The Fifth Fuel: How Hightowers Petroleum Co. Stays Energy Relevant
Energy efficiency proves innovative solution for energy industry’s future.
Energy. Long the domain of fossil fuels (coal, oil and gas) with a smattering of nuclear power thrown in, is seeing alternatives that are beginning to gain traction. Wind, solar, biofuels, tidal and wave power have been on the horizon for years but without the investment and focus given to other forms of power, they have languished in relative obscurity. International oil and gas company ExxonMobil took a look into the future of energy through 2040 with their 2019 Outlook for Energy analysis and offered seven key takeaways:
■ Energy is fundamental for modern life
■ Global energy demand had risen by 20%
■ Almost half the world’s energy is dedicated to industrial activity
■ Oil and natural gas remain important energy sources and require significant investment
■ Global electricity demand had risen 60%
■ Global energy-related CO² emissions peak, but remain above assessed 2°C scenarios
■ Commerce and trade drove transportation energy consumption up more than 25%
Enter Hightowers Petroleum Co., the largest African American-owned downstream petroleum wholesale marketer operating in the United States. The Middletown, Ohio-based firm, led by CEO and President Stephen L. Hightower, is the evolution of over 62 years of entrepreneurial leadership, beginning with Yudell and Elsie Hightower in 1957. HPC reported substantial growth in 2018, increasing its annual revenue by 60% from the previous year, to $415 million.
Hightower admits that his company was affected by the 2020 slump in oil and gas consumption. A confirmation of the slump came from the EIA (U.S. Energy Information Administration) estimating that U.S. crude oil production fell from the 2019 record level of 12.2 million b/d (barrels per day) to 11.3 million b/d in 2020. He is, however, optimistic about the future, being fully aware that as the ExxonMobil report found, oil and natural gas remain important energy sources and energy consumption will continue to rise, making his distribution business a necessity now and in the future.
But what of alternative energies and the future of the planet? In 2012, Hightower launched HP Energy Co., an energy efficiency financing, project development and project management firm. In other words, HPE is a Sustainable Energy Technology company—one that provides technologies designed to improve energy efficiency. Also known as the fifth fuel.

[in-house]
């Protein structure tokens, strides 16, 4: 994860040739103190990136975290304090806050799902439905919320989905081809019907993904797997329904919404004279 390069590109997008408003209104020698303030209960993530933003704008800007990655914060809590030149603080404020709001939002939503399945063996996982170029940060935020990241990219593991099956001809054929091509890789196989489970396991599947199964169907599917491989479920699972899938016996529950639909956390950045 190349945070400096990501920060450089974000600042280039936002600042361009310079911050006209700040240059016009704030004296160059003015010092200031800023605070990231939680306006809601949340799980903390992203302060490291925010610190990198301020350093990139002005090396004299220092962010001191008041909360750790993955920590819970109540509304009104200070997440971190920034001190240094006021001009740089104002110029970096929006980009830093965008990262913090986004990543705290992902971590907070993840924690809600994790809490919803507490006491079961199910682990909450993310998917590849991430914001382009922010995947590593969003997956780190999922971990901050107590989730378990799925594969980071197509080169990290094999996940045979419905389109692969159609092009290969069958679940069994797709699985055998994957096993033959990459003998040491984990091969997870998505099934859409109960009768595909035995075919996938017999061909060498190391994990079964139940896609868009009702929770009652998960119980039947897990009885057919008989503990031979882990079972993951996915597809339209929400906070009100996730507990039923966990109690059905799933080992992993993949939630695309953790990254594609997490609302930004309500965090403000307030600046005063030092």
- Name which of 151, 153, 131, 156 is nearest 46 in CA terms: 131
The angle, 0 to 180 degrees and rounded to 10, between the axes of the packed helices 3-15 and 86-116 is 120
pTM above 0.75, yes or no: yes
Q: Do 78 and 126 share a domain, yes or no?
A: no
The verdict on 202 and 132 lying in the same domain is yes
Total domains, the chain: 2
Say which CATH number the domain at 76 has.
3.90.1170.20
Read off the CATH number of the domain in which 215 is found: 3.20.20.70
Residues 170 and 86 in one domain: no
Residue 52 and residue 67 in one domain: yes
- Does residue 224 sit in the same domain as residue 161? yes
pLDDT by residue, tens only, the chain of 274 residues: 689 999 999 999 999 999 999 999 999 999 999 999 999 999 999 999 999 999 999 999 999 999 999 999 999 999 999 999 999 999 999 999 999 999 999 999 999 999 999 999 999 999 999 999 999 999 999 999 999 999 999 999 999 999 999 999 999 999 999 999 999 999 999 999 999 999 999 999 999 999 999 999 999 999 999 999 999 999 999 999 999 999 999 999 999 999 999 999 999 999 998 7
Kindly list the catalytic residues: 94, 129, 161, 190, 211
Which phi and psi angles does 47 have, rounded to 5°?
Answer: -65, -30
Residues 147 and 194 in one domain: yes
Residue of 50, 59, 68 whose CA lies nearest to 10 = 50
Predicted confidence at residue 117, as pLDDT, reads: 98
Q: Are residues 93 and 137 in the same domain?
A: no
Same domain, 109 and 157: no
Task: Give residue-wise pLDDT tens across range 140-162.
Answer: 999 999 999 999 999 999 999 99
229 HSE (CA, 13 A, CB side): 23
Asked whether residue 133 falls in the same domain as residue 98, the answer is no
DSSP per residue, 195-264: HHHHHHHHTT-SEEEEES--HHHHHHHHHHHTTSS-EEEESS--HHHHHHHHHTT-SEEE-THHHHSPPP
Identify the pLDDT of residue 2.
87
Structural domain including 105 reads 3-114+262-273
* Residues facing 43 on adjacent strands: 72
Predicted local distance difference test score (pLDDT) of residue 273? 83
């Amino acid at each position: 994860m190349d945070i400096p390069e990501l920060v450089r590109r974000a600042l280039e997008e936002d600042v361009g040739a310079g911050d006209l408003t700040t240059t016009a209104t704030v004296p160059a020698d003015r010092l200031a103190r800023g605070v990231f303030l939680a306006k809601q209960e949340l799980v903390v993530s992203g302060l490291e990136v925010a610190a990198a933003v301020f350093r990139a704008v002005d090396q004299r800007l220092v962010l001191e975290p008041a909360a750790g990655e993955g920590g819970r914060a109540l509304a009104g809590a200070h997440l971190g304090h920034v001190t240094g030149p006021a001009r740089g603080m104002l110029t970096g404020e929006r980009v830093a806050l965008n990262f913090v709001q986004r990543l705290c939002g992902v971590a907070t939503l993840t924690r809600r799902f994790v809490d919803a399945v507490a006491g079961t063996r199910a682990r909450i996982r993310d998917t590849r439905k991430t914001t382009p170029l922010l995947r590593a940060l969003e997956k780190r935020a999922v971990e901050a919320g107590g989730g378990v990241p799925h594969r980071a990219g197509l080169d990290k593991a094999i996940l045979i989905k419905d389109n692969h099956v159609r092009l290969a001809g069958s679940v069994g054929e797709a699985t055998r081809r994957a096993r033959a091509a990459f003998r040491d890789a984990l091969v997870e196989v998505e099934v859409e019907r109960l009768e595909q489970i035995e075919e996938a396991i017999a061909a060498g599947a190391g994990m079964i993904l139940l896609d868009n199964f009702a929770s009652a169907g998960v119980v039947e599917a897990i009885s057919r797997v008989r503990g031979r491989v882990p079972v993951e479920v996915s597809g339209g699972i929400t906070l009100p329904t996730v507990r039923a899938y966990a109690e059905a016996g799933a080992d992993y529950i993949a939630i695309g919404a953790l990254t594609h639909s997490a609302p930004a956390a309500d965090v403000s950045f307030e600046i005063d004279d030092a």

“For too long, we have relied on the big four—coal, petroleum, nuclear and alternatives—meeting our energy demand. The fifth fuel, energy efficiency remains a largely untapped resource in today’s world,” shares HPC COO Stephen Hightower II. On the decision to move into energy efficiency, he says, “We know that to be in business 100 years from now, we must be innovative. We recognize that nothing lasts forever so we watch the trends and recognize that this is where the energy industry is moving. We have and will continue to invest the necessary time and resources to be in place for the future.”
With industry expert Chip O’Donnell at the helm of HPE as COO, the Hightowers are walking the walk. Prior to joining them, O’Donnell led the North American business for smart grid, sustainability and energy management for Siemens Industry and HPE CTO John Picard is regarded as one of the preeminent environmental consultants in North America.
“We know energy. Our success as a business was, is, and will always be dependent on delivering the right energy solutions, one customer at a time,” Hightower says, sharing he is using his fossil fuel business to fund his energy efficiency business until one business overtakes the other and his company becomes entirely carbon neutral. Like many successful entrepreneurs, he not only watches trends but also understands that survival and growth depend on trend setting. He and his team are as dedicated to carbon reduction as they are to building their fifth fuel company.
The future of fossil fuel seems to be one of reduction but not of erasure. Energy companies will continue to develop and distribute the ‘big four’ for the foreseeable future but they are changing. According to NS Energy Business, many of the six major oil and gas companies—BP, Shell, Chevron, Total, Eni and Exxon—have pumped billions of dollars into clean energy projects. However, they only spent 1% of their combined budget on green energy projects in 2018. Not a big move, which means smaller, more agile companies like HPC may be the way the ship is turned. With growing interest in the sustainability of our fragile ecosystem and that of small, minority businesses, companies like HPC and HPE will be the ones to watch for.